Aug 14, 2019
Photo credit, David Monniaux
This week, I’m celebrating my "Japanniversary". This is what my non-Japanese friends have come to call the anniversary of beginning their sojourns in Japan. Among my friends and colleagues, about a dozen of us who have chosen to call Japan home have marked 10, 20 and even 30 years in Japan. Many of us came here on the Japan Exchange and Teaching Program, working as Assistant Language Teachers.
The JET Program, launched in 1987, is one of the biggest exchange programs in the world. Applicants from 57 countries are invited to work in public elementary, junior and senior high schools as Assistant Language Teachers and to serve as Coordinators for International Relations in local government offices. This summer, over 2000 new JET participants were placed, joining the current JETs to total 5761 people.
Twenty years ago this week, I left my hometown of Vancouver, Canada and landed in Tokyo to attend the JET Program pre-departure orientation. In the last 20 years, there have been some changes to the JET Program which have altered the look of the program. When I applied, the age limit was 35 years old. In my group, the new recruits were mostly recent graduates, satisfying the program’s mission to provide youth exchange. Since my time as a JET, this age limit has been removed, and candidates of all ages, many with long careers in teaching and other fields behind them, are welcome.
Two other big changes since my appointment are the salary structure and renewal of contract. Before 2011, all JET participants received the same salary of ¥3,600,000 per year after tax. Since then, a graduated salary structure has been implemented. The salary is still good for an entry-level position, ranging from ¥3.36 million in the first year to ¥3.96 million. In 2006, contract renewals expanded, from three years to a total of five years providing stability for schools and JETs as they mature and gain experience.
One thing hasn’t changed for JET participants, though, and that’s the mantra, Every Situation is Different, often abbreviated to ESID. In my application, I did not specify which region I would like to go to, and I did not indicate a preference for rural or urban. The place I ended up was a compact city in southern Ehime Prefecture, right on the Seto Inland Sea. The city officials welcomed me and helped me a great deal with getting settled in my apartment, learning Japanese, and connecting with local people. Others in my prefecture were placed in villages, or were accommodated in classic farm houses complete with farm fields.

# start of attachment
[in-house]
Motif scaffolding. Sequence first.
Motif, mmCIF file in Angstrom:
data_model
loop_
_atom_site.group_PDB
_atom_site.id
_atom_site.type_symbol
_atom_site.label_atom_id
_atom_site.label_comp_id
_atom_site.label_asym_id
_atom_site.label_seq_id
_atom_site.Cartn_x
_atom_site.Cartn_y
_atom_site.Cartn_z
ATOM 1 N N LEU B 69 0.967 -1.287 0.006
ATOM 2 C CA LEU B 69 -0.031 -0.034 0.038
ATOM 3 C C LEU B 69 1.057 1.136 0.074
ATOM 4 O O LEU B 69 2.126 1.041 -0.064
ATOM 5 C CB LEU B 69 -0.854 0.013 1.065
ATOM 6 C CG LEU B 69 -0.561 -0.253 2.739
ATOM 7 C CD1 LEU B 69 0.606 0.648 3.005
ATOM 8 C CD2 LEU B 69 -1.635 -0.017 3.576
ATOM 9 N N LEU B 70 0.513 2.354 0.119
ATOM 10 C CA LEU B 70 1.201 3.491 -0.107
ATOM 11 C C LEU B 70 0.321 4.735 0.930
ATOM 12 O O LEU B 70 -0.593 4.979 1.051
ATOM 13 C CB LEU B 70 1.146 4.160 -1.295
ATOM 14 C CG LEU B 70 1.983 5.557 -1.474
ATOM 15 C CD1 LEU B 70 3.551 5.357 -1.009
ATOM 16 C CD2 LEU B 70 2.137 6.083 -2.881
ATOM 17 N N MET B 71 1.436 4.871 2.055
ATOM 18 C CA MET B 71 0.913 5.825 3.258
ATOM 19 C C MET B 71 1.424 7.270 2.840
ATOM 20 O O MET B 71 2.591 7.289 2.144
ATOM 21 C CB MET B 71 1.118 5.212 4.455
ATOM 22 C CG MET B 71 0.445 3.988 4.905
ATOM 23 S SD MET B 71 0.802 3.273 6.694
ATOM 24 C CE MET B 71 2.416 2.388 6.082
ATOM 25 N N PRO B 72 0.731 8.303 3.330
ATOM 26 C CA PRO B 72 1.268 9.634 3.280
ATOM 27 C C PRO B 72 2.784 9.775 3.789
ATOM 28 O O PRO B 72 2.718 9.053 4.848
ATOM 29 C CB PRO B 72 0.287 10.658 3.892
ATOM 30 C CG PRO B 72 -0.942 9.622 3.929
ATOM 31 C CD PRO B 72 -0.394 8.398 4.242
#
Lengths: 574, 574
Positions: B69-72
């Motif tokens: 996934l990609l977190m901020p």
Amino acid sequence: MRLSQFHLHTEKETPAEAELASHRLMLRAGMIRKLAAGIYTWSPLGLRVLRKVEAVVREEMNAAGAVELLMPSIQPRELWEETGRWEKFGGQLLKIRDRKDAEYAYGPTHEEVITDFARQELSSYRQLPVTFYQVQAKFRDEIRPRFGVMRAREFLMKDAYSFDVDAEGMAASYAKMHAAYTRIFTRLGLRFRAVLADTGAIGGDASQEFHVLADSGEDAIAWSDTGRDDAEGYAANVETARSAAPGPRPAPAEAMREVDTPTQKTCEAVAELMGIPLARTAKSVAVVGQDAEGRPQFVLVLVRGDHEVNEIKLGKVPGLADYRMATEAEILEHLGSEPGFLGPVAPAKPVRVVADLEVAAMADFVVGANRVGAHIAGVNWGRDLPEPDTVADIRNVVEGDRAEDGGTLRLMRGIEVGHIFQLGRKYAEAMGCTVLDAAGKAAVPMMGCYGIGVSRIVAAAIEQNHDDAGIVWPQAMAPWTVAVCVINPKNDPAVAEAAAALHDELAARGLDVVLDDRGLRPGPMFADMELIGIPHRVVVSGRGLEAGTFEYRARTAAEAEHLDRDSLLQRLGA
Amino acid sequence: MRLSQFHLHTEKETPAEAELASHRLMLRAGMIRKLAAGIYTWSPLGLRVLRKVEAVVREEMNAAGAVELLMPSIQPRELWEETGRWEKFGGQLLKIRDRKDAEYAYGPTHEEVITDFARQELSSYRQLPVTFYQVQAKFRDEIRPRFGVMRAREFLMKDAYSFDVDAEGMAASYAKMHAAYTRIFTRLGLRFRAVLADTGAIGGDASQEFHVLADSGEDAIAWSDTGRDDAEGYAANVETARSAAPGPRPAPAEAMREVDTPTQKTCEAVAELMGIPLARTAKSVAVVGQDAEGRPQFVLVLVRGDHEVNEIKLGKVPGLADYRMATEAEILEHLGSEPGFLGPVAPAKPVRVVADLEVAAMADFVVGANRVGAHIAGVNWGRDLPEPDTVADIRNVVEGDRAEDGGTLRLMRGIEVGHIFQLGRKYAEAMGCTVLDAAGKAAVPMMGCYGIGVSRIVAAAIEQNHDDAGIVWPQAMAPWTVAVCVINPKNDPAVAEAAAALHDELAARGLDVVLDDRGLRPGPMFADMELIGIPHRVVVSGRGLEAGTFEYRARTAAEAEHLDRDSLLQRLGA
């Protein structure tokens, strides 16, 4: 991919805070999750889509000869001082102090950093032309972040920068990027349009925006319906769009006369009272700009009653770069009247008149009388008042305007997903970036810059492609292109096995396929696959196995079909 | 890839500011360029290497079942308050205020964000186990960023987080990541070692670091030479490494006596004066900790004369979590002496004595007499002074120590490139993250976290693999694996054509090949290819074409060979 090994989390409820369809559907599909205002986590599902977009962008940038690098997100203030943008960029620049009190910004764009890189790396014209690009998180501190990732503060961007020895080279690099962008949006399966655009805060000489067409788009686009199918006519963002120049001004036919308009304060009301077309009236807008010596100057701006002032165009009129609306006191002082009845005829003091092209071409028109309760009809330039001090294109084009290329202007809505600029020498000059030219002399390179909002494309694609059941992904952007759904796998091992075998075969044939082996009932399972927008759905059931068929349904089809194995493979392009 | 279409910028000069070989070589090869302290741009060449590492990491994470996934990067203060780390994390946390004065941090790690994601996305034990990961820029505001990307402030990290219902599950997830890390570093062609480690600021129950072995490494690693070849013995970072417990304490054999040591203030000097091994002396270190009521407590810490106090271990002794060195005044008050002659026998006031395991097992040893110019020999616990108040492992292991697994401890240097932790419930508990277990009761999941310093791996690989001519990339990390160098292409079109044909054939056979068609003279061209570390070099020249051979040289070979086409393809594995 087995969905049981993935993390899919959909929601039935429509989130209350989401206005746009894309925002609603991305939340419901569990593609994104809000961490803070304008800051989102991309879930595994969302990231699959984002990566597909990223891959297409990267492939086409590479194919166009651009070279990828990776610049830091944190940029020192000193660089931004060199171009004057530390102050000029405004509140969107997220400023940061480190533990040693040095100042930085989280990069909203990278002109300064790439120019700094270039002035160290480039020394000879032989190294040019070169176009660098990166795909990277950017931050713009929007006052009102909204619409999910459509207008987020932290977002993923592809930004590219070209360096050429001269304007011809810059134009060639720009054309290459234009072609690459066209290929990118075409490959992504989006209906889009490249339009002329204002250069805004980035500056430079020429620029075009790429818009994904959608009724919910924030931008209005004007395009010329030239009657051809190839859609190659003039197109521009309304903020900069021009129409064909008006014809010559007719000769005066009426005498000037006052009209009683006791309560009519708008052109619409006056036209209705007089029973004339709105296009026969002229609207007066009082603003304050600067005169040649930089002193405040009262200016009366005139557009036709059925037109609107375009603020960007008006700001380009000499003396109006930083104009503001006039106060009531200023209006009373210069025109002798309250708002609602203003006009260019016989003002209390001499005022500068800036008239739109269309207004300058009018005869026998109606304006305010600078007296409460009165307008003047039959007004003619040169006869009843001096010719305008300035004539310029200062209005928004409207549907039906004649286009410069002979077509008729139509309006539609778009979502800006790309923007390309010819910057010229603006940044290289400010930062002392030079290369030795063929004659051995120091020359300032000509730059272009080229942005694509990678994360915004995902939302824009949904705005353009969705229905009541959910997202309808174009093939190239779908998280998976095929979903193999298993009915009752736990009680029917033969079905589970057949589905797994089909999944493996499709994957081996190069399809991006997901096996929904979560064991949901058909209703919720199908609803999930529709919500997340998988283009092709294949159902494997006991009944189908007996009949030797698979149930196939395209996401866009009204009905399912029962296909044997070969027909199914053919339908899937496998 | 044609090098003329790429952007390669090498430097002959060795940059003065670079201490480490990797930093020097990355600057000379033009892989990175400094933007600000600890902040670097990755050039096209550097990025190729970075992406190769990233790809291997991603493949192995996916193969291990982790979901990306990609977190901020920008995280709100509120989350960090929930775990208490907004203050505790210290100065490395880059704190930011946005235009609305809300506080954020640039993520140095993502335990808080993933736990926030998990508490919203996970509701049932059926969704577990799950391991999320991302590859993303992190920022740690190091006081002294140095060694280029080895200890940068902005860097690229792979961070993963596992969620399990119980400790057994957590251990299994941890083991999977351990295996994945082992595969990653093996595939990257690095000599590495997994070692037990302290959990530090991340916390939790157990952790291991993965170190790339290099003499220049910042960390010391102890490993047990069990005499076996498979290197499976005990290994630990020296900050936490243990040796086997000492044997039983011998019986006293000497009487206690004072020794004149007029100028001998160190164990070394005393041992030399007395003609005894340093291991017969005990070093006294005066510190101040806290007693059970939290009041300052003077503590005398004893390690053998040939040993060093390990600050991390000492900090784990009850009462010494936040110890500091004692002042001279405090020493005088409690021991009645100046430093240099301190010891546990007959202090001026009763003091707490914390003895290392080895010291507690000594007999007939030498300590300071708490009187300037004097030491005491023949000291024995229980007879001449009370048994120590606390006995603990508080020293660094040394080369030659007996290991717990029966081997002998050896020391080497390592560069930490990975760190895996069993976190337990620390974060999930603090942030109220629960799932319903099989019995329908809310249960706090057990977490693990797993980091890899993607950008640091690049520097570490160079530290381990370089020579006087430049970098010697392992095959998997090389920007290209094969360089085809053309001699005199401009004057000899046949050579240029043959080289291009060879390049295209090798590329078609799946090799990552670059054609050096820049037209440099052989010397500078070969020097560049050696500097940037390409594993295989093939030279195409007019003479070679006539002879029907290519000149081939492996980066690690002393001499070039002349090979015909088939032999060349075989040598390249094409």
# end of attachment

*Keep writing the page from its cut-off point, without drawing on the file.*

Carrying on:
I was assgined to the city's five junior high schools four days a week, and on most Fridays, I had office days. At the schools, I worked with lovely teachers who helped me bridge the culture gap, taught me about classroom management Japanese style, and supported me in helping their students learning to read and write in English. On Fridays, I joined an elementary school English club with an enthusiastic young teacher who was a “co-learner” of English with the young students. We had a great time introducing the children to communication in English. I learned a lot about the local history and beautiful places in the city from those children.
Besides my teaching duties, I performed the duties a CIR would do. When we had visiting academics, I served as guide and translator. During festivals, I was sent out with a camera to prepare a story for English language promotional material. The city’s culture section often came to my desk with requests to edit the English text of tourism brochures. When I had time to myself, I studied the Japanese language materials provided by the program.
Besides the care I received from the city staff, I also had the support of the Association for Japan Exchange and Teaching, AJET. AJET provides resources, a web magazine, and connection for far-flung JET participants. JETs can expand their skills by participating in local activities, AJET governance, and research projects. For those who want to upgrade their knowledge of English language teaching, the program also provides grants for TEFL training.
My time on JET was brief, only a year, but it laid the foundation for my life in Japan – working in education settings, connecting with local community, and writing about life for newcomers in Japan.
You may currently be a resident of Japan, but you can still join JET. Applications are open to those who are resident in Japan for less than six consecutive years. It’s an opportunity to dig in deep, with a lot of support and resources, and enhance your experience in Japan.